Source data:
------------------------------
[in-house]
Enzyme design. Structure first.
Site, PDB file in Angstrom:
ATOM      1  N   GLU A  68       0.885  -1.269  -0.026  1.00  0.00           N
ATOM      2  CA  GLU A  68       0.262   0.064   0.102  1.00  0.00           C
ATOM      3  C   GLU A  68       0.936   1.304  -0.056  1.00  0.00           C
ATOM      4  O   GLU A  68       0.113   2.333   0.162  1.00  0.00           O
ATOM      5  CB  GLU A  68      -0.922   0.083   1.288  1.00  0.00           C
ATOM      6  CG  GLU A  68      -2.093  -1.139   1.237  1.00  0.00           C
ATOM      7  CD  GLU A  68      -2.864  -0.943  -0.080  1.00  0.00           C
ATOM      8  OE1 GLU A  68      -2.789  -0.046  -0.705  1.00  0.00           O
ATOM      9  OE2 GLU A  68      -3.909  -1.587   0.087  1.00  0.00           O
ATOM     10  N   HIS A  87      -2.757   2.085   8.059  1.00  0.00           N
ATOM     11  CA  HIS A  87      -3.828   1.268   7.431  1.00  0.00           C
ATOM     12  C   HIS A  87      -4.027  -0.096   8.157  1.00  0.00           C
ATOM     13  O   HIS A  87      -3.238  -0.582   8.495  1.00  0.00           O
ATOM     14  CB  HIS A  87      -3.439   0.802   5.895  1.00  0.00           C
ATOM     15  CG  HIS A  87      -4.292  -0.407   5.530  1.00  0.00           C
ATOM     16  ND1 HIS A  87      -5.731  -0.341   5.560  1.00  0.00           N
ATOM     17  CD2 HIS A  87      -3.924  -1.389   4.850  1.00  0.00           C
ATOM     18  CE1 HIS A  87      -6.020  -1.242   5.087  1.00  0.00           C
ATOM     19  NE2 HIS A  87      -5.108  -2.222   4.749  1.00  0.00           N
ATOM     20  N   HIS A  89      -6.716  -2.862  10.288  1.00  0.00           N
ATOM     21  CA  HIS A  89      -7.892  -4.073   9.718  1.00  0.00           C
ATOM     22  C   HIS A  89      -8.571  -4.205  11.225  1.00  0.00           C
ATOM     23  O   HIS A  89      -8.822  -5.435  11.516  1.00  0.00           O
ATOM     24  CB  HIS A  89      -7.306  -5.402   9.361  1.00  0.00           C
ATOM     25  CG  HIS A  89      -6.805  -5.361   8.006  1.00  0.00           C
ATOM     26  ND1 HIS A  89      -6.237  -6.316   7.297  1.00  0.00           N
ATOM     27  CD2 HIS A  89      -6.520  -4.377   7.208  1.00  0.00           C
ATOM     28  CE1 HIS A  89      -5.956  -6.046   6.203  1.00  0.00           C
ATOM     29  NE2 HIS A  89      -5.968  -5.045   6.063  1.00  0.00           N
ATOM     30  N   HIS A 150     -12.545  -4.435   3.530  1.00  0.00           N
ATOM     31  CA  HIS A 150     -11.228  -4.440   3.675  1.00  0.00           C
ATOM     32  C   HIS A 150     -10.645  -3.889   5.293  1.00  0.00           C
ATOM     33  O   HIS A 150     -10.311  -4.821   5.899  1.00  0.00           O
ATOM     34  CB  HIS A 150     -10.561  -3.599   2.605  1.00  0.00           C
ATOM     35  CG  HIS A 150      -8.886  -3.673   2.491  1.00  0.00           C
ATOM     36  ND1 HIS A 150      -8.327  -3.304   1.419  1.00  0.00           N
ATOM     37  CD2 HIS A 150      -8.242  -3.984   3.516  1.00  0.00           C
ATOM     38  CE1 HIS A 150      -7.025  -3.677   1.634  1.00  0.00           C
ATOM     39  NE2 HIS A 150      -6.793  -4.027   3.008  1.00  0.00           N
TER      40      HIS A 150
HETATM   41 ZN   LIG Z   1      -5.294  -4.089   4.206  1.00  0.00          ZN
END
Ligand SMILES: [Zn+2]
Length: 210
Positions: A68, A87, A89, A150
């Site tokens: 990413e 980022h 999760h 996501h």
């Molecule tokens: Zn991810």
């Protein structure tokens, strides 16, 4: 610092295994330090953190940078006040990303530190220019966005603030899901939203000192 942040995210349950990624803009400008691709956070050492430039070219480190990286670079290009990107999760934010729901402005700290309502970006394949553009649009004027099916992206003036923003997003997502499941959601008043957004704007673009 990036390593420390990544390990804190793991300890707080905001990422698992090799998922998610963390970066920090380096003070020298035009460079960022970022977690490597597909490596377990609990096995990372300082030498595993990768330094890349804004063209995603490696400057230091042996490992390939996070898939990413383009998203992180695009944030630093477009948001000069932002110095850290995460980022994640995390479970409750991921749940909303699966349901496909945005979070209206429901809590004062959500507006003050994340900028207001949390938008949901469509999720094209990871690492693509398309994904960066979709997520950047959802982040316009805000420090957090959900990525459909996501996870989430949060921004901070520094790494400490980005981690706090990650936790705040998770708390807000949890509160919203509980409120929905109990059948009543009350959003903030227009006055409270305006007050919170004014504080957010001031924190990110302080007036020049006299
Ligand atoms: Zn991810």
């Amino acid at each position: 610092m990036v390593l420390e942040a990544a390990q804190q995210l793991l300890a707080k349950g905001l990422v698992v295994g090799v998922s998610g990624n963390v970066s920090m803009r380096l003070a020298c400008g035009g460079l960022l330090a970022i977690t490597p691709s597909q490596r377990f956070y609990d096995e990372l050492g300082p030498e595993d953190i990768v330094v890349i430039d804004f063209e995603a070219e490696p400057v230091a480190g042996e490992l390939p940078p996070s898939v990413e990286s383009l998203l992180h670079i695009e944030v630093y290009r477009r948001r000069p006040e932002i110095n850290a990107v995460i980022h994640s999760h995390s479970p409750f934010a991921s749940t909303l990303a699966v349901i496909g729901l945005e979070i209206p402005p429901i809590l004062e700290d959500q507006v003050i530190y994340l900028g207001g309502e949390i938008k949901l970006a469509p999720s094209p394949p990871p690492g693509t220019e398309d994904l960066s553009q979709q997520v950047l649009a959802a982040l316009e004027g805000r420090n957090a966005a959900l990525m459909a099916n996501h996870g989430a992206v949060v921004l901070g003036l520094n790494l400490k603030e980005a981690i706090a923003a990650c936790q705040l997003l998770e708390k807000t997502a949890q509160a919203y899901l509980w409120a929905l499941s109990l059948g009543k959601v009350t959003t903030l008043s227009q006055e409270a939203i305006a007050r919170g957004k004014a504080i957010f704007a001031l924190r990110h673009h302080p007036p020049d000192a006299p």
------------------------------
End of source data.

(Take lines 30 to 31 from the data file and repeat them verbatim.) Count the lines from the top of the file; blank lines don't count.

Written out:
ATOM     27  CD2 HIS A  89      -6.520  -4.377   7.208  1.00  0.00           C
ATOM     28  CE1 HIS A  89      -5.956  -6.046   6.203  1.00  0.00           C